I have to confess, however, that Twitter simply wore me out. It was the party I couldn’t leave ’cause it always seemed there was one more pretty fact about to sashay into the club. One hundred and forty characters passing by me at the speed of light was often more than I could take. It was like looking for the One True Sentence written on a ping pong ball being slammed back and forth by world champion ping pong players.

Also written on the plastic balls were one million polls, each of them with one million interpreters. By the end I longed for the days of the single ping pong ball, because it seemed to me I was now being asked to learn the current political landscape by reading regression analyses on the churning plastic balls of a lottery machine.

Did I mention that in the middle of all this the Republican Party decided to go all in on voter suppression? The GOP launched a serious effort to return to the 19th century when non-whites, women and property-poor Americans were denied the right to vote. They aren’t even hiding it. It’s like the Campaign of Lies. They dare America to call them what they are, figuring that what they are is so extreme that few will believe it if someone takes the dare.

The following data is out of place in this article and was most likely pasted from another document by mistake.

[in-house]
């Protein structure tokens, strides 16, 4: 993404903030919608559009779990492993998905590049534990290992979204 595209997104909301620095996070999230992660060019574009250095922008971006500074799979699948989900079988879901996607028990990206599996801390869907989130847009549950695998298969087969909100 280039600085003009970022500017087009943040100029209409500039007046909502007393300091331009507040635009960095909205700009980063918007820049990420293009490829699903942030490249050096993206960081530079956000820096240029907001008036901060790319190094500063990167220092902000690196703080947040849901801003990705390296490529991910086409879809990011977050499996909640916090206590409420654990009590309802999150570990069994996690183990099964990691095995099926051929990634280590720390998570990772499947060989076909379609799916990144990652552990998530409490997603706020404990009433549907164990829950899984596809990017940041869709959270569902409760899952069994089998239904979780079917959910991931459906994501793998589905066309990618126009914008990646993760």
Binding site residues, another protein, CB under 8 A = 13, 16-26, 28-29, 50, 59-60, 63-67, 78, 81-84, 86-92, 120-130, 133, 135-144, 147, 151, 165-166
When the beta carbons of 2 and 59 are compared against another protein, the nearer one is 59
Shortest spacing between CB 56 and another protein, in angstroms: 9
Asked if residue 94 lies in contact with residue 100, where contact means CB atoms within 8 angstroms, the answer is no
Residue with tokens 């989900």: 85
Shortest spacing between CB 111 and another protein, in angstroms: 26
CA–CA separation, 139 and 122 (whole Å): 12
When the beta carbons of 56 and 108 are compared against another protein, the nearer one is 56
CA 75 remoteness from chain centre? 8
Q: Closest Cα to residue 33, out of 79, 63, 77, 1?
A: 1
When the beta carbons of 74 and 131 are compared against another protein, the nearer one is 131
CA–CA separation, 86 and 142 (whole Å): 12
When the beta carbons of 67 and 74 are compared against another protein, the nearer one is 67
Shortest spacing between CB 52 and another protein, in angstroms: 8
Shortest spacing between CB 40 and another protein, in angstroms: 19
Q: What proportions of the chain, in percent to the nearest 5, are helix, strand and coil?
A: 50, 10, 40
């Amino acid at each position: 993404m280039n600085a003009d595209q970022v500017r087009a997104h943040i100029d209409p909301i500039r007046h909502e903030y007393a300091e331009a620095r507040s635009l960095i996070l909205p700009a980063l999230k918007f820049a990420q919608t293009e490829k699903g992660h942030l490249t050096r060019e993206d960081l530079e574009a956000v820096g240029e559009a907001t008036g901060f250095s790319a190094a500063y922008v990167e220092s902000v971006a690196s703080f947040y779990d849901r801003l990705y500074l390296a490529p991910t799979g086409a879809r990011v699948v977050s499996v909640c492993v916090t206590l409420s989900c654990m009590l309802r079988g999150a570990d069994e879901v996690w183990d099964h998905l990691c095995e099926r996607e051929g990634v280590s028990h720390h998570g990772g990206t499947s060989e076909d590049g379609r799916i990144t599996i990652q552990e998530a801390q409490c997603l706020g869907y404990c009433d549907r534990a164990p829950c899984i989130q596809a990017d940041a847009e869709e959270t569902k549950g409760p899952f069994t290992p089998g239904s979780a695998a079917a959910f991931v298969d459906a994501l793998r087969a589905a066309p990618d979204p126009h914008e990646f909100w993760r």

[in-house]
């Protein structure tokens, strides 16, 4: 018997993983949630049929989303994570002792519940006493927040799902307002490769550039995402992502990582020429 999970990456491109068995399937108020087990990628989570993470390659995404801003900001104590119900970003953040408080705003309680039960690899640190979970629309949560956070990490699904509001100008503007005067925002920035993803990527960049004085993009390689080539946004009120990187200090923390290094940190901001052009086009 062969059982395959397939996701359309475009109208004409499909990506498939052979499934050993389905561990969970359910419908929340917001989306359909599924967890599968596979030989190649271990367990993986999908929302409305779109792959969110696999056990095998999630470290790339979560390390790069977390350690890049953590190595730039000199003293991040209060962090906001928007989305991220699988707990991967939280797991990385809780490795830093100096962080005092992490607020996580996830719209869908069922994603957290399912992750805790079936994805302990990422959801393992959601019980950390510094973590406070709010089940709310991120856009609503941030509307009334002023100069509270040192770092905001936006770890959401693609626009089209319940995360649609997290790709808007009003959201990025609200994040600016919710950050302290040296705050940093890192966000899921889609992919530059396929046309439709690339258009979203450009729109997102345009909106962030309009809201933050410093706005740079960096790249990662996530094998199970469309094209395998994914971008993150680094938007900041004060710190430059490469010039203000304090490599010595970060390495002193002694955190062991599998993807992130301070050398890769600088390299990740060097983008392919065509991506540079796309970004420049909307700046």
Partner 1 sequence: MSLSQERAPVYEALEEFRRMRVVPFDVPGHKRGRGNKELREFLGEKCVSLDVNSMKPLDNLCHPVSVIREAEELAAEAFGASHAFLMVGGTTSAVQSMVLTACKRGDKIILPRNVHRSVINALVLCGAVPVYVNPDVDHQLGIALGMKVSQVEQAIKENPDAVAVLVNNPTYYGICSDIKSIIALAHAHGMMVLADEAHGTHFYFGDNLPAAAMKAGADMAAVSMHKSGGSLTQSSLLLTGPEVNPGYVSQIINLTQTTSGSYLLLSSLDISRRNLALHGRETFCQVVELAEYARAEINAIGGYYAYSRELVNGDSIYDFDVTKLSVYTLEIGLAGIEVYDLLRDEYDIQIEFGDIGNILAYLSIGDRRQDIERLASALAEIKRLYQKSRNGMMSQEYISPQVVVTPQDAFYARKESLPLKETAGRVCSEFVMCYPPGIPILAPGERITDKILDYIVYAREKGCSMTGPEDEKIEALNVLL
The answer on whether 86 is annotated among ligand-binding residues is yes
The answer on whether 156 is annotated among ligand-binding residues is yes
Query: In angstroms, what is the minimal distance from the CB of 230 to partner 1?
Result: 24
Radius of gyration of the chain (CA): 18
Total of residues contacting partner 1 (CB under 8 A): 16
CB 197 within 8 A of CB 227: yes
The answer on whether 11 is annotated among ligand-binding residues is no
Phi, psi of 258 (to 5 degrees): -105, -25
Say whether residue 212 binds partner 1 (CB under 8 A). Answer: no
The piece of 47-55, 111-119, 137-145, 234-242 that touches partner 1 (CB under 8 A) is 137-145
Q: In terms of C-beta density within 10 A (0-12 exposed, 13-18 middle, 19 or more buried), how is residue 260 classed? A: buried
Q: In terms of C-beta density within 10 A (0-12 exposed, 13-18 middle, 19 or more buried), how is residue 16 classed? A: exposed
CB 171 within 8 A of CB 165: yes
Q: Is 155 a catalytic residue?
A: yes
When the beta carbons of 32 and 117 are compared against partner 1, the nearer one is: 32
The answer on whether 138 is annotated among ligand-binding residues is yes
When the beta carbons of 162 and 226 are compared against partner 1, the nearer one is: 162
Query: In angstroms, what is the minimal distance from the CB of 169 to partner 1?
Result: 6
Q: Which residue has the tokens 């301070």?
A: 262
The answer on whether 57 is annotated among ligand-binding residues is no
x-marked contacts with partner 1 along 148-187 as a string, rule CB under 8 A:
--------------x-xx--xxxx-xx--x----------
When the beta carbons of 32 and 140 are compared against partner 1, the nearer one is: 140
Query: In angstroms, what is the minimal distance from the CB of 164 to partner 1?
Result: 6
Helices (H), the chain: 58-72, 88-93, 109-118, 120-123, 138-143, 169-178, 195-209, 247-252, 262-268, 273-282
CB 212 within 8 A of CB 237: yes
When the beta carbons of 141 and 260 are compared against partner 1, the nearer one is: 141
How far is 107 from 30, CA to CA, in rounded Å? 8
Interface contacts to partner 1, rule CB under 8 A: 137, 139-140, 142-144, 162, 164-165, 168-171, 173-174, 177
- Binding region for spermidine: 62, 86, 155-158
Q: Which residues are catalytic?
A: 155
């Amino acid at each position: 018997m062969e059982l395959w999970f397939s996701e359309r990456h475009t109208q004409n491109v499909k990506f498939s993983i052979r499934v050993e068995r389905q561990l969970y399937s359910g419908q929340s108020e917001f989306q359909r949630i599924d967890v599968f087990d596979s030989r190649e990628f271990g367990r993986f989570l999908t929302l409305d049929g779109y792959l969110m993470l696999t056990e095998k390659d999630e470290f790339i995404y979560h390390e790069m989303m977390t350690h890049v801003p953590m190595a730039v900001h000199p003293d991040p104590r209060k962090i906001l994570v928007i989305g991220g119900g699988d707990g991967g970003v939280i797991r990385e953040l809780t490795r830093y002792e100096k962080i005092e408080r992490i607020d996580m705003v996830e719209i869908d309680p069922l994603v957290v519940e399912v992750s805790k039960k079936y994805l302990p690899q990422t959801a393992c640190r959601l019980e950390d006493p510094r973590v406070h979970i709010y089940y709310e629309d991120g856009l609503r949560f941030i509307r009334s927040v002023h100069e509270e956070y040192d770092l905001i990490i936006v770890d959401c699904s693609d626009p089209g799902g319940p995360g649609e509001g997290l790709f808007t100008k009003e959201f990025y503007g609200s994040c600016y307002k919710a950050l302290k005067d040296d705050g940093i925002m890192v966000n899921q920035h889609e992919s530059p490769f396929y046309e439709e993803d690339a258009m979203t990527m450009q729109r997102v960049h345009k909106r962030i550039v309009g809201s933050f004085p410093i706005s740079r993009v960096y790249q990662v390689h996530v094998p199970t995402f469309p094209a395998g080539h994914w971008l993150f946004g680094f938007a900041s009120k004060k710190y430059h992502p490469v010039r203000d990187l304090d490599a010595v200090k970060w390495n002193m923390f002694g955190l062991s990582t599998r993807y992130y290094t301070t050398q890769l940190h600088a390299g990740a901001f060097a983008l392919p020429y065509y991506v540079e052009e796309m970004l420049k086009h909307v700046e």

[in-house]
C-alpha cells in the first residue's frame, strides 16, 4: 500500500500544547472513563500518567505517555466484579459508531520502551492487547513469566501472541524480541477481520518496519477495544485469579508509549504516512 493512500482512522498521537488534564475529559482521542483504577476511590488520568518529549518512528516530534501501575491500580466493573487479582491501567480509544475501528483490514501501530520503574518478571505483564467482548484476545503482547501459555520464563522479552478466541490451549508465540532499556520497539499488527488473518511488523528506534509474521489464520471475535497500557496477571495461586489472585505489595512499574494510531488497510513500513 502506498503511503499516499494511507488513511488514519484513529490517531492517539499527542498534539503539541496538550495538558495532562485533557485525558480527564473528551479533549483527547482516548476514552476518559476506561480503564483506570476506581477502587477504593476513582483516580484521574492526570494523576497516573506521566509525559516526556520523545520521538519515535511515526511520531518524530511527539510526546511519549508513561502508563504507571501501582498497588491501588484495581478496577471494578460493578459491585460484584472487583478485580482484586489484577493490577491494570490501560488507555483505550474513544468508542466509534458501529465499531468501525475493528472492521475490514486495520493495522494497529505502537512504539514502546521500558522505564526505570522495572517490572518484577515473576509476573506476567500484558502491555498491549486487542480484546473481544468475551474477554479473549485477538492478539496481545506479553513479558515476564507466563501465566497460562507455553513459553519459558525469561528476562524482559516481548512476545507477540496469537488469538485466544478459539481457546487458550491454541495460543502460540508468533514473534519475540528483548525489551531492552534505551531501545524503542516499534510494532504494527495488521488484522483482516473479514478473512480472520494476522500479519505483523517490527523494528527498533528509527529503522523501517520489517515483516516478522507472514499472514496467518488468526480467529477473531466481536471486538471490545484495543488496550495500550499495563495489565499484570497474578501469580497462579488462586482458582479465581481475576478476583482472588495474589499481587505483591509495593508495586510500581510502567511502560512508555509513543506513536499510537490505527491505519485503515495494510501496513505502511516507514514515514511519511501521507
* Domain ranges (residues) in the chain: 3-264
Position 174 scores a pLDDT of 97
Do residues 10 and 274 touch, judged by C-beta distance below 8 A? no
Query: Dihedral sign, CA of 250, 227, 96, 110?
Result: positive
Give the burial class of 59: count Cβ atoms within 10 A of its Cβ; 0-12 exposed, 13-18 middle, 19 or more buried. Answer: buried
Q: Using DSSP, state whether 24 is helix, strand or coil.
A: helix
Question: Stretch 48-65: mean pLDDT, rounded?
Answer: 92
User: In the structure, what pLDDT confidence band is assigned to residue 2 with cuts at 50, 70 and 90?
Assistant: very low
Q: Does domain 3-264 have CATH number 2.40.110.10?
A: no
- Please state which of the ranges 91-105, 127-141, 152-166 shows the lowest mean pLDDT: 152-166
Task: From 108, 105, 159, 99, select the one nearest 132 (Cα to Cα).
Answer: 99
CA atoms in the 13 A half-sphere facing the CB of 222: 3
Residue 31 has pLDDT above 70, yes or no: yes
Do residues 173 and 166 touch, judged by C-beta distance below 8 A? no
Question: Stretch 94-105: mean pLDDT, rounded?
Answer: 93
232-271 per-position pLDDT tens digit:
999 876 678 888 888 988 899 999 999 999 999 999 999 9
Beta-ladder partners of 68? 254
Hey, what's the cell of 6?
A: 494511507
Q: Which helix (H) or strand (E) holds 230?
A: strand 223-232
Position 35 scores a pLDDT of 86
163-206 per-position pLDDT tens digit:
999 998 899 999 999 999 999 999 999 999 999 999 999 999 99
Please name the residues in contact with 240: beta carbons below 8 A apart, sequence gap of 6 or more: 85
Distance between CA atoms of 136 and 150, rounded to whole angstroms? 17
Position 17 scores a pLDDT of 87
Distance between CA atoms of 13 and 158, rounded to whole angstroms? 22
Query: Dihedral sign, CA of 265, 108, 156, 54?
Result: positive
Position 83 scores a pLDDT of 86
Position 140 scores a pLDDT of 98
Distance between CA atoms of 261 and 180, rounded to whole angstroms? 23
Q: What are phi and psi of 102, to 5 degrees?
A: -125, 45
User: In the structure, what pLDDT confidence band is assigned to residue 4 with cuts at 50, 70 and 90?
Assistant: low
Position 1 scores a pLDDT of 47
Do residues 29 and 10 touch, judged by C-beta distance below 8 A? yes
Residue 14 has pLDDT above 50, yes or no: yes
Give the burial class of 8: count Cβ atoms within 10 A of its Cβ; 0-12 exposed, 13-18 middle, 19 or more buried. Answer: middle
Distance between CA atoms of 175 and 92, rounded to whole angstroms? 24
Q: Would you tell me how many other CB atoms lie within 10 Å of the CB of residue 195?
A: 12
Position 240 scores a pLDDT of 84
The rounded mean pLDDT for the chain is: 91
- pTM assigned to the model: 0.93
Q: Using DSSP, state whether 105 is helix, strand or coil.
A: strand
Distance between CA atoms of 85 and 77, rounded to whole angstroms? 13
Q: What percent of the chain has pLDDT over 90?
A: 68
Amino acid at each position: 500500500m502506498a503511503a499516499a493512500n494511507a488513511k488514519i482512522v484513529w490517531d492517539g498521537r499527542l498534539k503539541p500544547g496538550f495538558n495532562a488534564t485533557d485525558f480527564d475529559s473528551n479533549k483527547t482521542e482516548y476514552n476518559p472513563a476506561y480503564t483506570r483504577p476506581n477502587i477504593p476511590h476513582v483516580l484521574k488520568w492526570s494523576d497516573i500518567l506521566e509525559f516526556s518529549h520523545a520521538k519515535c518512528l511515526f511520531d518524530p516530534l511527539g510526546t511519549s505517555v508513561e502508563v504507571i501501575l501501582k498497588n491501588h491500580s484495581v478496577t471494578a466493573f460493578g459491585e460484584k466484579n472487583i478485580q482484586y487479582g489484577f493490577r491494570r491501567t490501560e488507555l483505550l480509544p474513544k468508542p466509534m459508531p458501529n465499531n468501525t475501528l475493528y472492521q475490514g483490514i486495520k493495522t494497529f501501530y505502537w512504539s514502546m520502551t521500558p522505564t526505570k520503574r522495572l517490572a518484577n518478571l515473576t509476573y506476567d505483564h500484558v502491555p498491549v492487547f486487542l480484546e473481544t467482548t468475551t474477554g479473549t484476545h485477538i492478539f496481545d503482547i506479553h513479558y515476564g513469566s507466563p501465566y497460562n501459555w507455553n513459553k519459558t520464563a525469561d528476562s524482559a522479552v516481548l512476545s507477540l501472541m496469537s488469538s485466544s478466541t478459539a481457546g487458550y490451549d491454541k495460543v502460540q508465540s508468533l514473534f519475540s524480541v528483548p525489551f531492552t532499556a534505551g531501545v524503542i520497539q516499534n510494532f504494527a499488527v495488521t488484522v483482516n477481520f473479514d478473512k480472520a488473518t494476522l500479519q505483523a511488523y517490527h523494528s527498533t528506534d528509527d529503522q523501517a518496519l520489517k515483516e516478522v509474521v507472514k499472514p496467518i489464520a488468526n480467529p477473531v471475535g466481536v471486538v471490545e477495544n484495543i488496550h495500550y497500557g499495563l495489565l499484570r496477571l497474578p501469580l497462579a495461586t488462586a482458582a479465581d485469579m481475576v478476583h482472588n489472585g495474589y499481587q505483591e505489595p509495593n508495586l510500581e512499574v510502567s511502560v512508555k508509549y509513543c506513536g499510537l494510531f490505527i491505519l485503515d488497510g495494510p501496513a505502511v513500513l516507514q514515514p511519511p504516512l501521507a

Then there was the massive press over-reaction to Obama’s flat performance in the first debate. Judging from the coverage, you would have thought Obama, behind a Nixonian five o’clock shadow and a sweaty upper lip, had compared himself to JFK and said “oops” after claiming that pre-1989 Eastern Europe wasn’t under Soviet domination. But Obama didn’t make any substantive mistakes. He was just uninspiring. “Meth” Romney, on the other hand, gave a Red Bull performance that was downright scary. If he’d acted like that sitting next to me in a bar I would have left the place in a hurry.